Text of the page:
Ten Picky Eater Tips

Here are 10 picky eater tips you can use if you have a fussy eater. Mealtime may make you feel like you want to pull your hair out. It is very frustrating for parents to watch their child only fiddle with their food at dinner or not even touch it, claiming “I don’t like it.” Then what happens? An hour later, guess who is coming to you saying, “I’m hungry.” You guessed it. Your little picky eater. 

Jamie’s mother was concerned about her lack of interest in food. She told me, “Jamie never wants to eat anything I fix for dinner. What can I do to encourage Jamie to eat the meals that I have prepared?”

I provided her with the following ten tips. You may find them useful as well.

TIP:  Involve Jamie. You could have Jamie help with planning the menu or meal preparation. Kids are less likely to “turn up their nose” at something, they had a hand in.

TIP:  Place a limit on Jamie. “Jamie, I will be serving breakfast at 7:00 a.m. Eat enough to make it to then. You decide how much you will need. Oh!  We will be clearing the table in _____ minutes.”

When Jamie comes to you later that evening complaining of being hungry. With an understanding tone, simply remind her that you will be serving breakfast at 7:00 a.m. as usual. Jamie will most likely be persistent about getting something else to eat. It is important that you follow through with the limit you have placed. Otherwise, Jamie learns that you do not mean what you say and you lose your credibility with her. You may have to tell her several times that you will be “serving breakfast at 7:00” until she realizes that your are not going to give in.

Jamie: “Mom I’m hungry. Can I have some cookies?”

Mom: “Kids who eat all their dinner are welcome to have a snack after.”

Jamie: “But mom I’m really hungry.”

Mom: “I know Jamie. I would be hungry too if I ate as little as you did for dinner, but don’t worry I will be fixing a big breakfast at 7:00 a.m.”

Jamie: “What?  Do you want me to starve?”

Mom: “I’ll be serving breakfast at 7:00 Jamie”

Jamie: “This isn’t fair.”

Mom: “I’ll be serving breakfast at 7:00 Jamie”

Jamie: “Fine!”

TIP:  Notice the exceptions. Call attention to the times when Jamie eats most of her meal. “Wow! Jamie you ate everything on your plate. Good job. You should be proud of yourself.” Too often, we only notice the negative aspects of our children’s behavior and that is what we reinforce with our attention.

TIP:  Cater to Jamie’s desire to be “big”. “ You probably won’t like this halibut Jamie. Usually, adults are the only ones who like halibut."  Guess what may just become Jamie’s new favorite food?

TIP:  Provide various choices around meal time. “Would you rather sit by me
or by mommy?” “You can eat with a fork or a spoon which would you prefer?”
“Do you think you will need more potatoes or is that enough?” “Have as much as you think you will need to make it to dinner.” “Milk or juice?” “Should we eat at 7:00 or 7:30?”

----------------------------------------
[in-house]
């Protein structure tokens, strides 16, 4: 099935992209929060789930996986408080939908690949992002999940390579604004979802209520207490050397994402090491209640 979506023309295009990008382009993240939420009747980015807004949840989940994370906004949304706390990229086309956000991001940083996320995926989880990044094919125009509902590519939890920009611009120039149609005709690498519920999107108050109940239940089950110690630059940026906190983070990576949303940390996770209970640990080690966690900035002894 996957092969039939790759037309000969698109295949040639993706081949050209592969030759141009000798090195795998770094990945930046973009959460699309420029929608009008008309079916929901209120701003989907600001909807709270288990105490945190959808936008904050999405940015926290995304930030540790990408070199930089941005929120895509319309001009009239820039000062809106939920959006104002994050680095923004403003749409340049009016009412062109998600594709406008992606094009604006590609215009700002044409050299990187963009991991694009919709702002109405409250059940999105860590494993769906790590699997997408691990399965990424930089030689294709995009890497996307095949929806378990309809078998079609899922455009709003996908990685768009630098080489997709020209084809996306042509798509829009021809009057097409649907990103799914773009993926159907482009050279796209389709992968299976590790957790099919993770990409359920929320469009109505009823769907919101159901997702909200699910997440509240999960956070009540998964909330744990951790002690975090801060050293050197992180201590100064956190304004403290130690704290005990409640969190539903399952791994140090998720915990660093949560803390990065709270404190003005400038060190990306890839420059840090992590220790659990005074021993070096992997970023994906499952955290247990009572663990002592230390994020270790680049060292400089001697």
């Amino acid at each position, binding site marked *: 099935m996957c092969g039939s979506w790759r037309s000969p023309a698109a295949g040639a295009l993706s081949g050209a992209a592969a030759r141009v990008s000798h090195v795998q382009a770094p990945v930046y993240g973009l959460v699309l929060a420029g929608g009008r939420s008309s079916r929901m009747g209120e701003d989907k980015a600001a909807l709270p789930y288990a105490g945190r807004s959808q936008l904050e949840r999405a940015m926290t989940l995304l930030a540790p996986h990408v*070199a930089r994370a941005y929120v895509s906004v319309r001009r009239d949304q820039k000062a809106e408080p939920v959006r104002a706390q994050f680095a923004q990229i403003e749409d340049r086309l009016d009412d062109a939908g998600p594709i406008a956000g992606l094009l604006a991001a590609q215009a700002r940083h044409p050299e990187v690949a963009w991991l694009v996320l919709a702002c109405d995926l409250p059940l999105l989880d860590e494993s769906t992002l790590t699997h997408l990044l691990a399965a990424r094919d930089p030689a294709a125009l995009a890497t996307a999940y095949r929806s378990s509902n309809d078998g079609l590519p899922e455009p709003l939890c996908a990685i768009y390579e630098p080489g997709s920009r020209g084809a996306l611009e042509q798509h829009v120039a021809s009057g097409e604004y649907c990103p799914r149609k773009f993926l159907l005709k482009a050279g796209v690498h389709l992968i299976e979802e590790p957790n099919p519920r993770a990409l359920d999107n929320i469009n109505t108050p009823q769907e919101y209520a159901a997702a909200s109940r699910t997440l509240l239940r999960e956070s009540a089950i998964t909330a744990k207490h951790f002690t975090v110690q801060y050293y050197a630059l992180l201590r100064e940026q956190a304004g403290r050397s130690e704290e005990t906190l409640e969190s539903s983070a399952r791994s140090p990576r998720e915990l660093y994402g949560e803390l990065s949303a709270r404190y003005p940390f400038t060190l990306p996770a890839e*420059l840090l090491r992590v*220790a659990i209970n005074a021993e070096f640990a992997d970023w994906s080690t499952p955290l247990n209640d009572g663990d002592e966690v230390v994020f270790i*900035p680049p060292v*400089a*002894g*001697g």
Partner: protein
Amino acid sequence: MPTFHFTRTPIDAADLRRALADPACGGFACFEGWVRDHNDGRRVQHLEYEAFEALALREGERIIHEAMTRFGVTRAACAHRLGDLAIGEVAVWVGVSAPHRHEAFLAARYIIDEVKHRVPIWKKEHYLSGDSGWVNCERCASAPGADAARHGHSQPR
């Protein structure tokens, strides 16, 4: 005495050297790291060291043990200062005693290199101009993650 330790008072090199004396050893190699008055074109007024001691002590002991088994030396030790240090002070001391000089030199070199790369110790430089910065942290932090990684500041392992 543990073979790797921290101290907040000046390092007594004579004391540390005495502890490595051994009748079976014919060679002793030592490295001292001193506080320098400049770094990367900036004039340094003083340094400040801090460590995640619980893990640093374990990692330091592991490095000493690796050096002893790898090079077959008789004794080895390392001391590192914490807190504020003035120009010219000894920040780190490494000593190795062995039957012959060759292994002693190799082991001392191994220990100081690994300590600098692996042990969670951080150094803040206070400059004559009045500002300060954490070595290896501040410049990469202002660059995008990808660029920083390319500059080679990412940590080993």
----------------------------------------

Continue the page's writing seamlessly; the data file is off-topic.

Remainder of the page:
TIP:  Be a good role model. “You know dear, although spaghetti is not my favorite, I will eat it because I know how hard you worked to make it.”

TIP:  Exposure. Encourage Jamie to try a variety of foods early on in her life before she knows any different. Some children may have never thought liver was gross if it hadn’t been for what someone else had set their expectation to be.

TIP:  Let us remember there are some foods that the certain children can not stomach. If Jamie has a problem with spinach but it is part of that particular meal, try to have other items that she can get her fill up on once everyone has their share. However, this should be the exception rather than the rule.

Try letting Jamie dip her foods in sauces, dressings, syrups or ketchup. It may make them taste better to her.

TIP:  Make mealtime enjoyable. Try to talk about things other than eating at mealtime. Dinner is a great time to talk to Jamie about how her day went.  During breakfast, you could discuss what everyone has planned for the day.

Everyone pitching in to help prepare the meal can teach Jamie an important family value. An added bonus for children is that it can teach them important thinking skills regarding timing, measuring, colors, comparisons, counting, and cause and effect.

Be creative in the ways that you dish up Jamie’s food. Mold her mashed potatoes into a volcano, cut her meat or sandwich into bite sized pieces and poke toothpicks in them, layout veggies in the shapes of letters or numbers, or use a drop or two of food coloring to make it more interesting.

TIP:  Limit snacking. For children to be hungry enough to eat a meal they usually need to go two or three hours without food. However, it is difficult for children to go from noon to 6:00 p.m. without food. A nutritious snack after school should be fine to get Jamie to dinner still having her appetite.

TIP:  Past success. Think back about times when Jamie has ate her meals. What were you doing? Were you placing a lot of emphasis on her need to eat  her food? What was she doing? What were you eating? What happened before the meal? These kinds of questions may help you realize some of the things you or Jamie is already doing which assist her in becoming a better eater.

About the author:

Destry Maycock has over eleven years experience working with children and families as a professional social worker. Destry has helped hundreds of parents solve a variety of parenting challenges and strengthen their relationships with their children. Destry enjoys developing products that help parents. Visit www.parentingstore.com to see the latest parenting programs.

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